Street photos taken at eye-level are easy and familiar. The problem is that this isn’t necessarily an interesting perspective, since we’ve grown used to seeing the world in this way.

Solution: mix up your approach to create more interesting or unique perspectives.

9. Not working with the light

One of the most important elements of photography is light. Many beginners ignore the light and end up with photos that don’t maximise the potential conditions. 

Solution: pay attention to the light throughout the day. Use the quantity, quality and direction of light to your advantage.

I am forever chasing light. Light turns the ordinary into the magical.

— Trent Parke

10. Unaware of surroundings

The streets can be a dangerous place, especially if you have expensive equipment on show. It’s easy to become so focused on what we’re doing, that we forget to observe what’s actually happening around us. But this can put you in a vulnerable position and could lead to missed photographic opportunities. 

Solution: look around you before and after taking a photo. Spot threats and opportunities, then respond accordingly.

11. Overthinking the process

It’s easy to worry about making mistakes and get bogged down by the technical side. But these worries have the potential to disrupt your flow and enjoyment.

Solution: take photos by following your gut feeling. Setup your camera so you can forget about the technical side and enjoy the process of taking pictures. 

12. Carrying too much gear

It’s tempting to carry lots of equipment to cover every scenario. However, lots of gear will weigh you down throughout the day, and lots of lens choices will create a technical distraction.

Solution: travel light with one one camera and one lens. If it worked for the masters, it can work for you!

The best camera is the one that’s with you.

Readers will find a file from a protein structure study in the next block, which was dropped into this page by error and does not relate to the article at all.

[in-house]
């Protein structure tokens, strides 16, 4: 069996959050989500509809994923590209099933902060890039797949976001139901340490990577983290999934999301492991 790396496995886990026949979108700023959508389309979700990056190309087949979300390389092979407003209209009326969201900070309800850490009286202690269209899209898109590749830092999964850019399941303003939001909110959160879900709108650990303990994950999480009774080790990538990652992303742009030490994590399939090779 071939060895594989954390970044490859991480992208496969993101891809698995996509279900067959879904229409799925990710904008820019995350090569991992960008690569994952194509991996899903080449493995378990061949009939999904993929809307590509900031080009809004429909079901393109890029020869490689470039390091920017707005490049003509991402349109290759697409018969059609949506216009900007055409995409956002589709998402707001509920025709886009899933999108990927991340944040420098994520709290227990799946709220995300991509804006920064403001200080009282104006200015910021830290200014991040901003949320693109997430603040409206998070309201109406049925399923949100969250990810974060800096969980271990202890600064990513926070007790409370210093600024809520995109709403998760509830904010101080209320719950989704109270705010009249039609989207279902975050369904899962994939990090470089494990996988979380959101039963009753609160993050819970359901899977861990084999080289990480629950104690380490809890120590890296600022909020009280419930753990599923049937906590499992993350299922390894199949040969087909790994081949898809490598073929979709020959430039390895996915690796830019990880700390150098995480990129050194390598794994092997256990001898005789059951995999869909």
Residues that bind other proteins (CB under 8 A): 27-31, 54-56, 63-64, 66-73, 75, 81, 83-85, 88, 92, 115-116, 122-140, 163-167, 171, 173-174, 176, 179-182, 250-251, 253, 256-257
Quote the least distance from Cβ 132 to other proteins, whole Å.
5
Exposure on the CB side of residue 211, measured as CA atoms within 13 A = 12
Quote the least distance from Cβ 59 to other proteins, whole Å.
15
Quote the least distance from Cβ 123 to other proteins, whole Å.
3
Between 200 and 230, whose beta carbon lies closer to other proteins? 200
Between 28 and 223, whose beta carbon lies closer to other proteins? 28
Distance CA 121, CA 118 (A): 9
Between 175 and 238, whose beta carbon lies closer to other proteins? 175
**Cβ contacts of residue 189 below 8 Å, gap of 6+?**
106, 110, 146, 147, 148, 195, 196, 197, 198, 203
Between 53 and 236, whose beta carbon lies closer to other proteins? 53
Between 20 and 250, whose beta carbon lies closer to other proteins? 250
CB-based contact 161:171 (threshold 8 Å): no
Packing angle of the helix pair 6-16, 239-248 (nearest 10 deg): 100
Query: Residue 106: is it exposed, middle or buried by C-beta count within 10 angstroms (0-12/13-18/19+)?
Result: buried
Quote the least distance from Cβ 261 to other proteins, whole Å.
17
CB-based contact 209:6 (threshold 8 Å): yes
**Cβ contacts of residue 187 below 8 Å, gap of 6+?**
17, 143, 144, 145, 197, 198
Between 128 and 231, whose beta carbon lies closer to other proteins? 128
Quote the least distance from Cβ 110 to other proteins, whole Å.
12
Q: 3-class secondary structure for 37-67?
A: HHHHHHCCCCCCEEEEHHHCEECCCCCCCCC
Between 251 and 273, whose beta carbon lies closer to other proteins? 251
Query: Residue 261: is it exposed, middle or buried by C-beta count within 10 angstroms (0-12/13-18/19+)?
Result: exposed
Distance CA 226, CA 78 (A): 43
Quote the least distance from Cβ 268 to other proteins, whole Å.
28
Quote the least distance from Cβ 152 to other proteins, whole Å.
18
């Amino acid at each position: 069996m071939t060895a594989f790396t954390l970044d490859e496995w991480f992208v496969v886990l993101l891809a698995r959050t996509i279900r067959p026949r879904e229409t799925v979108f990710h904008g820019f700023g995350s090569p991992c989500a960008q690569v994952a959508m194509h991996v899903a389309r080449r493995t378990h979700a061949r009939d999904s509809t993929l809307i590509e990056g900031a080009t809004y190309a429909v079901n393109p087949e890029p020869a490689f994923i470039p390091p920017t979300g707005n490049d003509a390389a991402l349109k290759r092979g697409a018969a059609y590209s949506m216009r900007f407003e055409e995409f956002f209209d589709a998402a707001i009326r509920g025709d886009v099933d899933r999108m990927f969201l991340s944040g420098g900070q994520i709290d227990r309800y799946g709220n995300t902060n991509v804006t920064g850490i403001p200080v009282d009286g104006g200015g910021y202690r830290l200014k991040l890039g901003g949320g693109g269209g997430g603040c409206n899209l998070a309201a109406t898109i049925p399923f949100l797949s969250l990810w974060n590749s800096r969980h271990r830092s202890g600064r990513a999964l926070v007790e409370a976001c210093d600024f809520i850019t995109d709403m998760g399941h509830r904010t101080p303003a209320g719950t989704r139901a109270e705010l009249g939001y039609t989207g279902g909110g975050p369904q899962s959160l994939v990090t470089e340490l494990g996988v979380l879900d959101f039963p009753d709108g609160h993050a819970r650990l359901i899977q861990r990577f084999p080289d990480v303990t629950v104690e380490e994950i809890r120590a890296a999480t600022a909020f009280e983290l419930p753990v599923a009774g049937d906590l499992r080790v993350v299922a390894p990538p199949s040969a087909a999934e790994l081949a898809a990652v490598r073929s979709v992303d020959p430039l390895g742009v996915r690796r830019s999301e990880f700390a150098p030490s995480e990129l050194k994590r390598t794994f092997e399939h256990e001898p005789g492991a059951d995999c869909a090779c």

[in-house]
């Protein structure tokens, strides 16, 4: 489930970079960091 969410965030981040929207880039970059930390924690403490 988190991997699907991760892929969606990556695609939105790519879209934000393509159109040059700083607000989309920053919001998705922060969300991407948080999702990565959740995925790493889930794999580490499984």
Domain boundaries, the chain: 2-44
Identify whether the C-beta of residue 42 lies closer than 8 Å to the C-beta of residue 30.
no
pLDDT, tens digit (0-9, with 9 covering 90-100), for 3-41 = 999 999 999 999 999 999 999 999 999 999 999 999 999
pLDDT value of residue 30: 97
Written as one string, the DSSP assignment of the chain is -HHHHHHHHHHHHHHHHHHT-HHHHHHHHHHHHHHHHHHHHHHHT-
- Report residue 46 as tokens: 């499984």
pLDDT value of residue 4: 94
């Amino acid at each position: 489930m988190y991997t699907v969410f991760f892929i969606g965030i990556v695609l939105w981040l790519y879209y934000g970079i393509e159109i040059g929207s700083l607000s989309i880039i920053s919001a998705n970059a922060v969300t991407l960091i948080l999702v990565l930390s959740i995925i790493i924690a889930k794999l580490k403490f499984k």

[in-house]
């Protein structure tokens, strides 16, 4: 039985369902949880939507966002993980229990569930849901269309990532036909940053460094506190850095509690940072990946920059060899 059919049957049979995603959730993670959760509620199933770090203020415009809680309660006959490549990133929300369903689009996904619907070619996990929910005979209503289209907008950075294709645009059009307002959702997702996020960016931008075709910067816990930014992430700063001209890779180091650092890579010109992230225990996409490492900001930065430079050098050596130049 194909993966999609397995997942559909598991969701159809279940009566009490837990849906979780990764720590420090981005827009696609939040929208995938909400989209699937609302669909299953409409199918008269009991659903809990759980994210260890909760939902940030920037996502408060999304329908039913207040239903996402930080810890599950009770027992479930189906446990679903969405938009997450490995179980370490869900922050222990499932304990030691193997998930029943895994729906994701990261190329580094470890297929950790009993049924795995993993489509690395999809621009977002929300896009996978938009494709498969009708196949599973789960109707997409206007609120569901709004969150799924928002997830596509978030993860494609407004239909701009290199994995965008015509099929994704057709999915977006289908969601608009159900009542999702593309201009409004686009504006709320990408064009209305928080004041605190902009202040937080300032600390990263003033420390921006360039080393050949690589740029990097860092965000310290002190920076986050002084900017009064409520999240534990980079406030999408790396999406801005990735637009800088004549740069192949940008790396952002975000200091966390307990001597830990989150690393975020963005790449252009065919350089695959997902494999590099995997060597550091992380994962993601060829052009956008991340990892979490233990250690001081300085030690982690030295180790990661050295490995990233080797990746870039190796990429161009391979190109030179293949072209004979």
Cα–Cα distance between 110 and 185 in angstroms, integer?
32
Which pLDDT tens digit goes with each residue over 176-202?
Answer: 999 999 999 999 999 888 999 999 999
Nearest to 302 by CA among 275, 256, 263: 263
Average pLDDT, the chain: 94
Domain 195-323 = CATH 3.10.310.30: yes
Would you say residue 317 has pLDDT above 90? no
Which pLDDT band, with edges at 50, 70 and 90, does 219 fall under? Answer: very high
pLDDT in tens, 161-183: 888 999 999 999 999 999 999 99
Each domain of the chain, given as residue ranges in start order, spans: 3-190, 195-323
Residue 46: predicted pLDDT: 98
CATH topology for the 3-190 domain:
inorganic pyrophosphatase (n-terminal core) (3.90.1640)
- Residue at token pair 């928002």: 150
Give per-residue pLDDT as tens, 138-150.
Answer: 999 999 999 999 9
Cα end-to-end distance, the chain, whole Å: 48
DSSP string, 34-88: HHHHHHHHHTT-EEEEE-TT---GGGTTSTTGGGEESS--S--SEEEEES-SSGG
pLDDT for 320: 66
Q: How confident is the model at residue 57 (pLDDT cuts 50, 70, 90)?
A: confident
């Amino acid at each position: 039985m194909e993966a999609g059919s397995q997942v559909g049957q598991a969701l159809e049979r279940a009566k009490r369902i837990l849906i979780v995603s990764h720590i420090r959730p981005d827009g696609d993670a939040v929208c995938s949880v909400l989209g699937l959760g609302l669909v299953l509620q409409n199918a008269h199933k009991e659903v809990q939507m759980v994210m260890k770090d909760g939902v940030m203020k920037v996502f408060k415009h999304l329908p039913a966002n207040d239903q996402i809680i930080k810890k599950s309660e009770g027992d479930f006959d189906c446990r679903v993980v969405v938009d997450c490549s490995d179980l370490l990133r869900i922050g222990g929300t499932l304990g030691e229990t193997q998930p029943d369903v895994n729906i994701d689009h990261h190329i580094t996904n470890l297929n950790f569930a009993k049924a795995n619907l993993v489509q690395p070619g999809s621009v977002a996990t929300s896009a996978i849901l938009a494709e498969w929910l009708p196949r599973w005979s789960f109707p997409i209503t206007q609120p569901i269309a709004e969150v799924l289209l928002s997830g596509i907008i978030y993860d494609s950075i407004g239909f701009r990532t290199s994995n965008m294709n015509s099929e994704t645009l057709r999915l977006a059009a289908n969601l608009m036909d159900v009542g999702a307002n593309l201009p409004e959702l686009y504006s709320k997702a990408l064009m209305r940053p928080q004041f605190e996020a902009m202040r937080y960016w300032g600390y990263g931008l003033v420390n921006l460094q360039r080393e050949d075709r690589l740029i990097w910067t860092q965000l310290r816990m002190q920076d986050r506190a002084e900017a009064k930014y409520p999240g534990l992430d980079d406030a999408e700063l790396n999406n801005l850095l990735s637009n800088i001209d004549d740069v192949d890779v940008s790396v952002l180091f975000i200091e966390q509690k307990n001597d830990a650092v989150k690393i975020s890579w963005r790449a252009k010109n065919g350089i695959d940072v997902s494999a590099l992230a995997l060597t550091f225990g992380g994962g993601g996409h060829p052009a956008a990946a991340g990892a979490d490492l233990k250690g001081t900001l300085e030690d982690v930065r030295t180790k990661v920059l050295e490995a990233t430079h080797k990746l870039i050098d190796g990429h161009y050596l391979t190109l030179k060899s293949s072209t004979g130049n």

— Chase Jarvis

13. Over processing images

Post-processing is an important step in the process. The common mistake made by beginners is over processing their images - creating a look that detracts from the subject or attempts to cover up fundamental errors with the photo.

Solution: keep it simple and express your style through the content in your images, not with heavy presets or filters. Good photos don't require lots of processing. 

14. Wearing uncomfortable clothes or footwear

Street photography requires you to cover large distances on foot. And if you’re uncomfortable, this will create an unwanted distraction that will get in the way of your enjoyment.

Solution: street photography isn’t a fashion parade. Wear what’s practical for the task.

15. Not actively observing

When photographing the streets you have to consciously move into a heightened state of awareness. Trouble is, many people fail to get in ‘the zone’ and end up photographing what’s obvious, but not necessarily interesting.

Solution: limit distractions by putting your phone on silent and shooting alone. Photographing with friends can be fun, but this will interfere with your ability to take in the world around you.

To me, photography is an art of observation. It’s about finding something interesting in an ordinary place… I’ve found it has little to do with the things you see and everything to do with the way you see them.
— Elliott Erwitt